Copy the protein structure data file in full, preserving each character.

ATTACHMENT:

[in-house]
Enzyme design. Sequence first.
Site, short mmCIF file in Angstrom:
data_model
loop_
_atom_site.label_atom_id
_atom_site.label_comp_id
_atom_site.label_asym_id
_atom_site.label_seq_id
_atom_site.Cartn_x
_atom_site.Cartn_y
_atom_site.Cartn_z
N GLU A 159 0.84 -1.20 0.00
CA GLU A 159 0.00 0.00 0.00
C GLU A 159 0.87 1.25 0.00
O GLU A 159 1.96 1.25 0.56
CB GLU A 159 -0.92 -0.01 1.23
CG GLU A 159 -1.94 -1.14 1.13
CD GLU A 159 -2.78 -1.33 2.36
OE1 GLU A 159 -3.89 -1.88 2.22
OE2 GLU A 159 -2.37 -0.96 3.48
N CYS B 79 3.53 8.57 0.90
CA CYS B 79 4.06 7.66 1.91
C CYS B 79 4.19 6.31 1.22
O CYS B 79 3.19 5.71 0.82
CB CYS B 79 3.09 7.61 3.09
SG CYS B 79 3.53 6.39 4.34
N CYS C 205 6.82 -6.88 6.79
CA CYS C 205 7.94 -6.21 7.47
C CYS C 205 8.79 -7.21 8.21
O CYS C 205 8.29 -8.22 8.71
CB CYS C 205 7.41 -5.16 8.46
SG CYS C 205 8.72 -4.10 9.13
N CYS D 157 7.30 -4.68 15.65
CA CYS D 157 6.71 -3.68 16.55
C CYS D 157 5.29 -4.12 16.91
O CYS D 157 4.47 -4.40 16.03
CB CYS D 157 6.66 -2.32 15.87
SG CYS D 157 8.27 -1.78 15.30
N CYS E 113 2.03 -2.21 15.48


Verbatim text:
[in-house]
Enzyme design. Sequence first.
Site, short mmCIF file in Angstrom:
data_model
loop_
_atom_site.label_atom_id
_atom_site.label_comp_id
_atom_site.label_asym_id
_atom_site.label_seq_id
_atom_site.Cartn_x
_atom_site.Cartn_y
_atom_site.Cartn_z
N GLU A 159 0.84 -1.20 0.00
CA GLU A 159 0.00 0.00 0.00
C GLU A 159 0.87 1.25 0.00
O GLU A 159 1.96 1.25 0.56
CB GLU A 159 -0.92 -0.01 1.23
CG GLU A 159 -1.94 -1.14 1.13
CD GLU A 159 -2.78 -1.33 2.36
OE1 GLU A 159 -3.89 -1.88 2.22
OE2 GLU A 159 -2.37 -0.96 3.48
N CYS B 79 3.53 8.57 0.90
CA CYS B 79 4.06 7.66 1.91
C CYS B 79 4.19 6.31 1.22
O CYS B 79 3.19 5.71 0.82
CB CYS B 79 3.09 7.61 3.09
SG CYS B 79 3.53 6.39 4.34
N CYS C 205 6.82 -6.88 6.79
CA CYS C 205 7.94 -6.21 7.47
C CYS C 205 8.79 -7.21 8.21
O CYS C 205 8.29 -8.22 8.71
CB CYS C 205 7.41 -5.16 8.46
SG CYS C 205 8.72 -4.10 9.13
N CYS D 157 7.30 -4.68 15.65
CA CYS D 157 6.71 -3.68 16.55
C CYS D 157 5.29 -4.12 16.91
O CYS D 157 4.47 -4.40 16.03
CB CYS D 157 6.66 -2.32 15.87
SG CYS D 157 8.27 -1.78 15.30
N CYS E 113 2.03 -2.21 15.48